How To File A Verified Financial Installment Agreement
- Call 1-800-829-1040 to speak to the IRS.
- File Form 9465 (Installment Agreement Request) or provide the IRS this information over the phone.
- Print and complete IRS Form 433 (Collection Information Statement) if the IRS asks for it. Generally, individuals complete 433-F if they're in the automated system and Form 433-A if they are working with a revenue officer. Businesses should complete 433-B.
- Send these forms and a copy of your tax return to the IRS. If you e-filed your return, just send Form 9465 and Form 433 to the IRS. The address varies based on where you live, so you may want to double-check the appropriate IRS address.
Special Instructions for Form 433-F
Many individuals need to complete Form 433-F. Here is an overview of what to expect on that form. Note that this is very similar to the information requested on Forms 433-B and A.
- Part A: Accounts and Lines of Credit. List all your financial accounts such as checking accounts, IRAs, 401ks, brokerage accounts, etc. You need to include at least 90 days' worth of statements for all of these accounts.
- Part B: Real Estate. Note your properties including your primary residence, vacation homes, and timeshares. Then, list your monthly payments, and write the equity of each property. Equity is the value of the property minus what you owe on it.
- Part C: Other Assets. This includes automobiles, boats, and life insurance policies. You also have to note monthly payments and equity.
- Part D: Credit Cards. List all credit cards, their balances, and your minimum monthly payments. This includes store cards.
- Section E: Business Information. Note any accounts receivables owed to your business and include information about whether or not your business accepts credit cards.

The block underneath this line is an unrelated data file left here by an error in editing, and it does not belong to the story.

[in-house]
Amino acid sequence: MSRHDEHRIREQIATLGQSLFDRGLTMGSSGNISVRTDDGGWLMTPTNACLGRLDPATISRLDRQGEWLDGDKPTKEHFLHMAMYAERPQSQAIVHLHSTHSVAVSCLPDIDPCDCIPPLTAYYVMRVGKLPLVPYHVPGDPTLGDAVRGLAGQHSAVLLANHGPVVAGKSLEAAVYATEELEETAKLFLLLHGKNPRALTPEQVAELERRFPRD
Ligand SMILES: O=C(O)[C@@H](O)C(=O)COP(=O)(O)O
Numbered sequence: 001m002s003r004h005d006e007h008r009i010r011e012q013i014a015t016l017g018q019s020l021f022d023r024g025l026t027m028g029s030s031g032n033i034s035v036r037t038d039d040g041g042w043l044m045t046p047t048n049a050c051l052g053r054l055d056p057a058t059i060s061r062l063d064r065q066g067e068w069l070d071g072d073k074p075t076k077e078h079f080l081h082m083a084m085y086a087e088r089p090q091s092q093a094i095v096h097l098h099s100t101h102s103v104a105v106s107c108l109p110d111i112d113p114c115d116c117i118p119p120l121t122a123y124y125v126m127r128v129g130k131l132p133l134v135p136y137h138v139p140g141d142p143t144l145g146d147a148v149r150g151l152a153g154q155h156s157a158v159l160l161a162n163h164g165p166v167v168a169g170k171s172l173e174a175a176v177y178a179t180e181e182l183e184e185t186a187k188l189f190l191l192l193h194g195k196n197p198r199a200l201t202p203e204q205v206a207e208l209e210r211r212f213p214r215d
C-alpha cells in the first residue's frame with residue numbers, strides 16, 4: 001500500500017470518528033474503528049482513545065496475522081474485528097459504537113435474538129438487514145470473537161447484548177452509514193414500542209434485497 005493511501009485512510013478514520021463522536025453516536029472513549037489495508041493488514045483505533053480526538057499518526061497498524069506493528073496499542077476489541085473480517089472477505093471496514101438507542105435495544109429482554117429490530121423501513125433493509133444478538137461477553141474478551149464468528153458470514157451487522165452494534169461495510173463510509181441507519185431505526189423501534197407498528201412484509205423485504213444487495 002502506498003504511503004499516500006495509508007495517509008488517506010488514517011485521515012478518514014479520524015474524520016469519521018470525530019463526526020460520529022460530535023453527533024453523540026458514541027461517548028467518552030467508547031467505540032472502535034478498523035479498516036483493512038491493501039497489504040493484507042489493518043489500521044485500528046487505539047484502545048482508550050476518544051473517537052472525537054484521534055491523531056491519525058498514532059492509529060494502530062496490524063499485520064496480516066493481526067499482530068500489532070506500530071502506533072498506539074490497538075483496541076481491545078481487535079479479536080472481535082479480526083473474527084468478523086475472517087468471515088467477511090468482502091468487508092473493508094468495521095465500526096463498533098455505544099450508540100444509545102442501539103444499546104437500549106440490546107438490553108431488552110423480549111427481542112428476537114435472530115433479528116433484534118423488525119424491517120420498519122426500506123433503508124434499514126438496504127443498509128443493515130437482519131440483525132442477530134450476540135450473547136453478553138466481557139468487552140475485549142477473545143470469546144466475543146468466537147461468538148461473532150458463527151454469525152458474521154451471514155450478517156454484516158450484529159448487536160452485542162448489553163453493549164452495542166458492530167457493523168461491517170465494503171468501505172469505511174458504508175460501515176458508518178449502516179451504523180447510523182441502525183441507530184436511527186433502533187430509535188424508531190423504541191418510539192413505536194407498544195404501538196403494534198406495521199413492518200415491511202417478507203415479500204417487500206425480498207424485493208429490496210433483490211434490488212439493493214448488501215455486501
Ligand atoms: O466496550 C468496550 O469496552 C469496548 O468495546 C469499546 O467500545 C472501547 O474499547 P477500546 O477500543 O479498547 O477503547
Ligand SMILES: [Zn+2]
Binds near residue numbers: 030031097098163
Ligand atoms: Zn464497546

- Part F: Employment Information. Share details about your income and your spouse’s income. You need copies of your paystubs and contact details for your employers. You also need to note how often you get paid.
- Part G: Non-Wage Household Income. Detail other sources of income. This includes alimony, child support, self-employment income, rental income, and pension. It also includes unemployment income, social security payments, and interest and dividends.
- Part H: Living Expenses. Explain what you need to live on and fill in your dependents. This section includes monthly expenses for rent, food, transportation, mortgages, student loan payments, medical bills, and more. You also need copies of bills for the last three months.
An installment agreement is the most common way that people resolve their tax debts. However, it is not the right decision for everyone, and in fact, the Taxpayer Advocate Service (TAS) says that about 27% of people who set up installment agreements may have qualified for an offer in compromise or currently not collectible status. To ensure that you're making the right decisions for your finances, you may want to consult with a tax professional. They can look over your situation and provide you with customized guidance. Use TaxCure to find a licensed tax pro in your local area.
Disclaimer: The content on this website is for educational purposes only and does not serve as legal or tax advice. For specific advice regarding your tax situation, contact a licensed tax professional or tax attorney within our network.